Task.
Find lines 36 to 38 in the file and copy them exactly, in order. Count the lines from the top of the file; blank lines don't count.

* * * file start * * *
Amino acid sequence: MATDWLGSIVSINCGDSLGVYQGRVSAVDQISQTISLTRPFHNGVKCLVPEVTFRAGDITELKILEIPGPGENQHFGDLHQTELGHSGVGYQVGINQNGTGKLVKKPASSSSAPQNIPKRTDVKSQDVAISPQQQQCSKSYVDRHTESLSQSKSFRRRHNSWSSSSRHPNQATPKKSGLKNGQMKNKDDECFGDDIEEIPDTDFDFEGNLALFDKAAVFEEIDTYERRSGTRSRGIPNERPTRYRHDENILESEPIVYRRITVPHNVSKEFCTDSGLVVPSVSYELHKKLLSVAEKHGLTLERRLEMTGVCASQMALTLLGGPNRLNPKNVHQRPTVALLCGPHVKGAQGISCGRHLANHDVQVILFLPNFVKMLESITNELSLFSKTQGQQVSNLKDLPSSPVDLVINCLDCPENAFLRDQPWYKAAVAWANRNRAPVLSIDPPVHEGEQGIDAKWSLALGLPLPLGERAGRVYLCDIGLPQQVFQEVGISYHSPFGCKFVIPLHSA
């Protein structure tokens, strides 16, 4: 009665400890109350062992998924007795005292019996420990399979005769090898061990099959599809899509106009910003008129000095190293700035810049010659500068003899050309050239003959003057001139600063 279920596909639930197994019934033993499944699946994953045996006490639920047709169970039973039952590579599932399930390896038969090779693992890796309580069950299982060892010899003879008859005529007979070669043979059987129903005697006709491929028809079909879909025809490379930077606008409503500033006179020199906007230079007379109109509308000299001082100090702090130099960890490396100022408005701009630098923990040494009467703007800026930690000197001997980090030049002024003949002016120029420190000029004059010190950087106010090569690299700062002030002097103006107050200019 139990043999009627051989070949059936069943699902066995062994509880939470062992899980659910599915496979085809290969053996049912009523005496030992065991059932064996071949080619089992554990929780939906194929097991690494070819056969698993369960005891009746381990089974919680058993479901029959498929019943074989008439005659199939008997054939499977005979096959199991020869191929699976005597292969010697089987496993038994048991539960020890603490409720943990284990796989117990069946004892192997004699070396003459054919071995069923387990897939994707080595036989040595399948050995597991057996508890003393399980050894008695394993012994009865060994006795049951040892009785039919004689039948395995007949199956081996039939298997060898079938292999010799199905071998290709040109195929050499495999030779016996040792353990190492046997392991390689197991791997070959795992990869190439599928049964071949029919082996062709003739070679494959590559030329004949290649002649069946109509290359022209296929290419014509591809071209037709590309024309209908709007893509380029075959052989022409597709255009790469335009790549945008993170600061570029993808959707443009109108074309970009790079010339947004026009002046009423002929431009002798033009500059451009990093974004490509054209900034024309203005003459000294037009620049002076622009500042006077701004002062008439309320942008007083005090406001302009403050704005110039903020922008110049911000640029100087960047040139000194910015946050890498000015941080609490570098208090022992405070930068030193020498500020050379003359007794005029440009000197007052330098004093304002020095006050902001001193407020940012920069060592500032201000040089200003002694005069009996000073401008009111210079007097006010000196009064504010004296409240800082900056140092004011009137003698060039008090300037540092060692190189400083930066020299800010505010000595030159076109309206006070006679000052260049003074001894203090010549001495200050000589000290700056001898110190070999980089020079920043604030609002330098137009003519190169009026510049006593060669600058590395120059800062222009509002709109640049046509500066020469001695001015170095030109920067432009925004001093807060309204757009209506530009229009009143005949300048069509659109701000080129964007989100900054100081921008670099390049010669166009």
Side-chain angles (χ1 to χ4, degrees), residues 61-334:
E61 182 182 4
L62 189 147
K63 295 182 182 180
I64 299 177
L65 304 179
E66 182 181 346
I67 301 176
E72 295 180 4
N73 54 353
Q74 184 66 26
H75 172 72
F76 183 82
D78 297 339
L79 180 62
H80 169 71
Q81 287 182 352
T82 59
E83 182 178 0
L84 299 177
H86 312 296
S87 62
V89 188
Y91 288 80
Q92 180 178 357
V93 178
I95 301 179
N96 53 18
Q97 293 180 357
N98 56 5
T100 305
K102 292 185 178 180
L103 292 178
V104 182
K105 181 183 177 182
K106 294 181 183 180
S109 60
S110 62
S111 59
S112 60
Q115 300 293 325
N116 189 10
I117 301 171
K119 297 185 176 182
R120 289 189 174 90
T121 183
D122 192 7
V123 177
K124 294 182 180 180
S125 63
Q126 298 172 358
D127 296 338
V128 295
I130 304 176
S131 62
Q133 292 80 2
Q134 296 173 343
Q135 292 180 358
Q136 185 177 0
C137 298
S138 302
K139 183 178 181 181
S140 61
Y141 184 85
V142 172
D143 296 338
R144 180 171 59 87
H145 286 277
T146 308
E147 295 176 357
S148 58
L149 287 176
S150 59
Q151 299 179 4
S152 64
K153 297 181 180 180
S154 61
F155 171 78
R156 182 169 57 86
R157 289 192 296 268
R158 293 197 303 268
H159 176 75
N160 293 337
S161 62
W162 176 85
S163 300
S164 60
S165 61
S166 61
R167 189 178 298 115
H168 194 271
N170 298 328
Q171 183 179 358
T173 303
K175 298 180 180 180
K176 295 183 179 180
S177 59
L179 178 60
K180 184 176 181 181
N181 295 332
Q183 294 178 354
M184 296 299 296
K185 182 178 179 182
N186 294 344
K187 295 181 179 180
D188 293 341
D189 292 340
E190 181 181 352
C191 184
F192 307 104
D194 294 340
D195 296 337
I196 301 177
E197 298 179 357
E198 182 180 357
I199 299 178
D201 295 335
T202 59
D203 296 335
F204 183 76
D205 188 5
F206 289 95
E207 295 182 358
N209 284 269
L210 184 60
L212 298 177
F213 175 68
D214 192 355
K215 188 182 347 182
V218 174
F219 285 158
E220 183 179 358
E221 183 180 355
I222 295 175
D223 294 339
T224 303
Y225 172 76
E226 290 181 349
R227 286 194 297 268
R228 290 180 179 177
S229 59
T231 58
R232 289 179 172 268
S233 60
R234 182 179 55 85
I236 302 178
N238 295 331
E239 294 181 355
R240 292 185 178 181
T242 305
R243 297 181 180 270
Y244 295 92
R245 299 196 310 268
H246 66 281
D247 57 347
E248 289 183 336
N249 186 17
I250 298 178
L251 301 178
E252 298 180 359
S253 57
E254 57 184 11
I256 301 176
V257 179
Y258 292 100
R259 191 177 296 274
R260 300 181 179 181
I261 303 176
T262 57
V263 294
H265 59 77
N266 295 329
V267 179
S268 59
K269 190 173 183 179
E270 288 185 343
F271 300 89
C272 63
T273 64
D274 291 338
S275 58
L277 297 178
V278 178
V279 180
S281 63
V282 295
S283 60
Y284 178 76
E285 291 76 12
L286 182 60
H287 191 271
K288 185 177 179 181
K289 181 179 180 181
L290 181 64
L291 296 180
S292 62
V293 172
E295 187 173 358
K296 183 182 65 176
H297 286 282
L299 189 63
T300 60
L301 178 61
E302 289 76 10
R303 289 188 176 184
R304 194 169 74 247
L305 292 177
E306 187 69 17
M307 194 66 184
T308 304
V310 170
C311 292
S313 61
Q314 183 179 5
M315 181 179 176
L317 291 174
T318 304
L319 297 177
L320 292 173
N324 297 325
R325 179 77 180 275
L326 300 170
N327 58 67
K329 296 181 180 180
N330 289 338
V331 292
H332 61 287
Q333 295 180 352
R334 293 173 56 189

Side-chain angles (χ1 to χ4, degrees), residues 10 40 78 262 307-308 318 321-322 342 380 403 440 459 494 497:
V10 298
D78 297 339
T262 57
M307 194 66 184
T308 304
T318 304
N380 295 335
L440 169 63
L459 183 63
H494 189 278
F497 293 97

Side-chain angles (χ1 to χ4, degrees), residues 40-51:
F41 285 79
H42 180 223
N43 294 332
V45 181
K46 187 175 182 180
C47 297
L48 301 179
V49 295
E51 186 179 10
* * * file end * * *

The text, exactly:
V104 182
K105 181 183 177 182
K106 294 181 183 180